# PRM Side is special, see elog 14745
field(DESC,"Tests whether RMS too high")
field(INPA,"C1:SUS-PRM_ULPD_VAR NPP NMS")
field(INPB,"C1:SUS-PRM_PD_MAX_VAR NPP NMS")
field(INPC,"C1:SUS-PRM_LLPD_VAR NPP NMS")
field(INPD,"C1:SUS-PRM_SDPD_VAR NPP NMS")
The db file has a note about this as well so that future debuggers aren't mystified by a factor of 0.2.
All suspension watchdogs were tripped ~90mins ago. I restored the damping. IMC is locked.
ITMX was stuck. I set it free. But notice that the UL Sensor RMS is higher than the other 4? I thought ITMY UL was problematic, but maybe ITMX has also failed, or maybe it's coincidence? Something for IFOtest to figure out I guess. I don't think there is a cable switch between ITMX/ITMY as when I move the ITMX actuators, the ITMX sensors respond and I can also see the optic moving on the camera.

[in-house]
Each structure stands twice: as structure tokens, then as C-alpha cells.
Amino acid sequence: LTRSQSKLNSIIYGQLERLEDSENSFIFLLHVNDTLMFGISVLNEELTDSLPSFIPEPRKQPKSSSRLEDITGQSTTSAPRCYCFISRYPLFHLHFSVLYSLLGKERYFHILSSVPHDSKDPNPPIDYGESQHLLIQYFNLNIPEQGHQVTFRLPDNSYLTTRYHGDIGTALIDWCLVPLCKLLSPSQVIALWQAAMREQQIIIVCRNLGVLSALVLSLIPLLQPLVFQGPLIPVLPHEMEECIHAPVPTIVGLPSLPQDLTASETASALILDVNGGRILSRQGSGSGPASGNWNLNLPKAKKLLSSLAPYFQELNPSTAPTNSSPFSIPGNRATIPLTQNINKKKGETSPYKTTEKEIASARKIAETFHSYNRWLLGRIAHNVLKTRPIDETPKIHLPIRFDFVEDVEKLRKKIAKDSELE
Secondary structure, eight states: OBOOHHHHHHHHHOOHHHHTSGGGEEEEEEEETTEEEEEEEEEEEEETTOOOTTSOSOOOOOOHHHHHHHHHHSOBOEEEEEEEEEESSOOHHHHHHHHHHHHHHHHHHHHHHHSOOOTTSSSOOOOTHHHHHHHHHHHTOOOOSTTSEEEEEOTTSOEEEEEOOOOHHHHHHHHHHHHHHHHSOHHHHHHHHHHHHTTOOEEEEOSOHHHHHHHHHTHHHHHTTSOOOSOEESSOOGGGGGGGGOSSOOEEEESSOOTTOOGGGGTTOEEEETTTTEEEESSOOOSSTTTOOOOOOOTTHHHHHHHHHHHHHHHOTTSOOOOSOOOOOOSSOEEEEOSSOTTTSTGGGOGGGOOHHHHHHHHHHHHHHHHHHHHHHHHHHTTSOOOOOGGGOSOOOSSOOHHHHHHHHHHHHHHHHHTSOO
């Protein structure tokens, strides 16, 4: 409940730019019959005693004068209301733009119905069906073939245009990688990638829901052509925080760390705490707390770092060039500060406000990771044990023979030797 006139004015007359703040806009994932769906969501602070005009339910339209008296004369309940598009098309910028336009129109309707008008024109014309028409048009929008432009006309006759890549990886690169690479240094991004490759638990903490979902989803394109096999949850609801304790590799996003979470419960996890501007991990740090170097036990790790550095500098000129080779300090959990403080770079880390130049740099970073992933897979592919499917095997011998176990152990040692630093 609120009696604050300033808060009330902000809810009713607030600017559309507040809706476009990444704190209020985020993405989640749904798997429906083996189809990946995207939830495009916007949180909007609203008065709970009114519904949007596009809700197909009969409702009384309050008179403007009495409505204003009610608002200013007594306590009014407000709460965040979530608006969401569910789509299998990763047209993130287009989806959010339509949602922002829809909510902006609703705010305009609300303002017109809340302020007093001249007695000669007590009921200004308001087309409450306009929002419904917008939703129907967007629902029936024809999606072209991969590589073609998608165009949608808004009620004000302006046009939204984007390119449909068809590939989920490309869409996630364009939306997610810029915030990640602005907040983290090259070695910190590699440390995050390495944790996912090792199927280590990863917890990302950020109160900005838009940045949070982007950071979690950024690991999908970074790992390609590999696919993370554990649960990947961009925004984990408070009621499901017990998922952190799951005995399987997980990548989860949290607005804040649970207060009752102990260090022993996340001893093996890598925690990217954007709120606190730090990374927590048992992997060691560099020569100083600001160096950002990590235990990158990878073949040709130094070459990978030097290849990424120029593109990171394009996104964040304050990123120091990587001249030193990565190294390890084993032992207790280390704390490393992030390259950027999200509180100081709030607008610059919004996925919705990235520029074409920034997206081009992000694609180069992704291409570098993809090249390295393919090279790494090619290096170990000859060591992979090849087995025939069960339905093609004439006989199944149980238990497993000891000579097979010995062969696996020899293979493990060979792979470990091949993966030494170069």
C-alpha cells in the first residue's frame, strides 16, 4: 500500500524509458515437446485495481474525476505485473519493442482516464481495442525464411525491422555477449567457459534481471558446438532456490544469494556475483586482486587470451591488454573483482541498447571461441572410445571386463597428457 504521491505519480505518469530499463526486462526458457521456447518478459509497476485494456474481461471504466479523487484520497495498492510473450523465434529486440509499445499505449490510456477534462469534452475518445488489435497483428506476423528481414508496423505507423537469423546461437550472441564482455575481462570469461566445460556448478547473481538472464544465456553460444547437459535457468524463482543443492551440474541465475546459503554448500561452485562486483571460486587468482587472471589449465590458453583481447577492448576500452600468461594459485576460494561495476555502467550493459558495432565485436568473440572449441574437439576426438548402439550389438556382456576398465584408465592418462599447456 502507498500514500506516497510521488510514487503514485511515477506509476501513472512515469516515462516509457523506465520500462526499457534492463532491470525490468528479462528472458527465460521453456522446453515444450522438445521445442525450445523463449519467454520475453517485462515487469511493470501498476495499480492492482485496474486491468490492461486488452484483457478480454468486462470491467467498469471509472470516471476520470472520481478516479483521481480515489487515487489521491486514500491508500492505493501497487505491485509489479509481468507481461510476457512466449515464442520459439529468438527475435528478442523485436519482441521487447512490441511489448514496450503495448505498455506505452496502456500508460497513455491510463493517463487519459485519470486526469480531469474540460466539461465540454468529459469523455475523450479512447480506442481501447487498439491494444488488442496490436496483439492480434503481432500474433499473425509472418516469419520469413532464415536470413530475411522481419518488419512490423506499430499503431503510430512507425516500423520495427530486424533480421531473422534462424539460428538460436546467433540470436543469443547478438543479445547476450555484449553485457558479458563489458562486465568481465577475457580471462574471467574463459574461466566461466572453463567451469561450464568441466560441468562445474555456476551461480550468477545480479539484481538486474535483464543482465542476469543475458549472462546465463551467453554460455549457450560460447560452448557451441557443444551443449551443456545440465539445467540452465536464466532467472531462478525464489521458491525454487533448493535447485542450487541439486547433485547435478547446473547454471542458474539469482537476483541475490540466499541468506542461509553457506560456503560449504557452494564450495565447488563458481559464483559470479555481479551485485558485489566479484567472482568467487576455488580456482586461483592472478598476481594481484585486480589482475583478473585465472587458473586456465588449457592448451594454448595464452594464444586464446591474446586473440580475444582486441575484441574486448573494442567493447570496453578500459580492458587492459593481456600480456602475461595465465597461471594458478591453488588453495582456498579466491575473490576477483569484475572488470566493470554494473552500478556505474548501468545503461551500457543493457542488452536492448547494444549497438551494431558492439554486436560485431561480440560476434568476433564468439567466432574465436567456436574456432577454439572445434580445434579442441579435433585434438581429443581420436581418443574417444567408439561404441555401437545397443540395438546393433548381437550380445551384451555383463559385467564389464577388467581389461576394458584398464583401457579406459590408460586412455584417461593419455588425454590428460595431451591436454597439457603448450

Took me a while to figure out what's going on because we don't have the seis BLRMS - i moved the usual projector striptool traces to the TV screen for better diagnostic ability.
Update 16 July 1515: Even though the RMS is computed from the slow readback channels, for diagnosis, I looked at the spectra of the fast PD monitoring channels (i.e. *_SENSOR_*) for ITMX - looks like the increased UL RMS is coming from enhanced BR-mode coupling and not of any issues with the whitening switching (which seems to work as advertised, see Attachment #3, where the LL traces are meant to be representative of LL, LR, SD and UR channels).
There were several small/medium earthquakes in Ridgecrest and one medium one in Blackhawk CA at about 2000 UTC (i.e. ~ 2 hours ago), one of which caused BS, ITMY, and ETM watchdogs to trip. I restored the damping just now.